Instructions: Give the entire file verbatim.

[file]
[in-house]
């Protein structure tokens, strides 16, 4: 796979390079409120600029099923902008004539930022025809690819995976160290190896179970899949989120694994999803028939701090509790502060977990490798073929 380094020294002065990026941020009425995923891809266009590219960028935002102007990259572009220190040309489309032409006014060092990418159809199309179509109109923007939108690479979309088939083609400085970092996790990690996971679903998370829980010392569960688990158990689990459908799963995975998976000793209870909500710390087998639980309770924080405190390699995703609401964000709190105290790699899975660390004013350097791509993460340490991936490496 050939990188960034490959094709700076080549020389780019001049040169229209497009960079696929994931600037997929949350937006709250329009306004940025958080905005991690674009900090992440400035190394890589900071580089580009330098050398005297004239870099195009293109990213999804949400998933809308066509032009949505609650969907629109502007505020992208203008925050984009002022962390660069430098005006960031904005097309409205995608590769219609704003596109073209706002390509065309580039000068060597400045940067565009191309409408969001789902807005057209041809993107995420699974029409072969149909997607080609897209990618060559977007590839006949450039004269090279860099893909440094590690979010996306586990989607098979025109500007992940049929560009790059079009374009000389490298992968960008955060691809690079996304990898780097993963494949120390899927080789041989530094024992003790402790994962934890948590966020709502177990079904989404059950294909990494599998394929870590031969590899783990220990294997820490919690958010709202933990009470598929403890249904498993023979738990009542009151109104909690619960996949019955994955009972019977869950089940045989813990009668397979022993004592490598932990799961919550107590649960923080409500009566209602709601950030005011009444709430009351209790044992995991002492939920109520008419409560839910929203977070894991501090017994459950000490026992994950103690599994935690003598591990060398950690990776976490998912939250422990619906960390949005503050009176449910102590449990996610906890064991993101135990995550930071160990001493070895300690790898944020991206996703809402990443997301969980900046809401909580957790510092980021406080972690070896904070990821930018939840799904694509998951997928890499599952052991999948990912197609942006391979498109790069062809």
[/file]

[in-house]
């Protein structure tokens, strides 16, 4: 796979390079409120600029099923902008004539930022025809690819995976160290190896179970899949989120694994999803028939701090509790502060977990490798073929 380094020294002065990026941020009425995923891809266009590219960028935002102007990259572009220190040309489309032409006014060092990418159809199309179509109109923007939108690479979309088939083609400085970092996790990690996971679903998370829980010392569960688990158990689990459908799963995975998976000793209870909500710390087998639980309770924080405190390699995703609401964000709190105290790699899975660390004013350097791509993460340490991936490496 050939990188960034490959094709700076080549020389780019001049040169229209497009960079696929994931600037997929949350937006709250329009306004940025958080905005991690674009900090992440400035190394890589900071580089580009330098050398005297004239870099195009293109990213999804949400998933809308066509032009949505609650969907629109502007505020992208203008925050984009002022962390660069430098005006960031904005097309409205995608590769219609704003596109073209706002390509065309580039000068060597400045940067565009191309409408969001789902807005057209041809993107995420699974029409072969149909997607080609897209990618060559977007590839006949450039004269090279860099893909440094590690979010996306586990989607098979025109500007992940049929560009790059079009374009000389490298992968960008955060691809690079996304990898780097993963494949120390899927080789041989530094024992003790402790994962934890948590966020709502177990079904989404059950294909990494599998394929870590031969590899783990220990294997820490919690958010709202933990009470598929403890249904498993023979738990009542009151109104909690619960996949019955994955009972019977869950089940045989813990009668397979022993004592490598932990799961919550107590649960923080409500009566209602709601950030005011009444709430009351209790044992995991002492939920109520008419409560839910929203977070894991501090017994459950000490026992994950103690599994935690003598591990060398950690990776976490998912939250422990619906960390949005503050009176449910102590449990996610906890064991993101135990995550930071160990001493070895300690790898944020991206996703809402990443997301969980900046809401909580957790510092980021406080972690070896904070990821930018939840799904694509998951997928890499599952052991999948990912197609942006391979498109790069062809």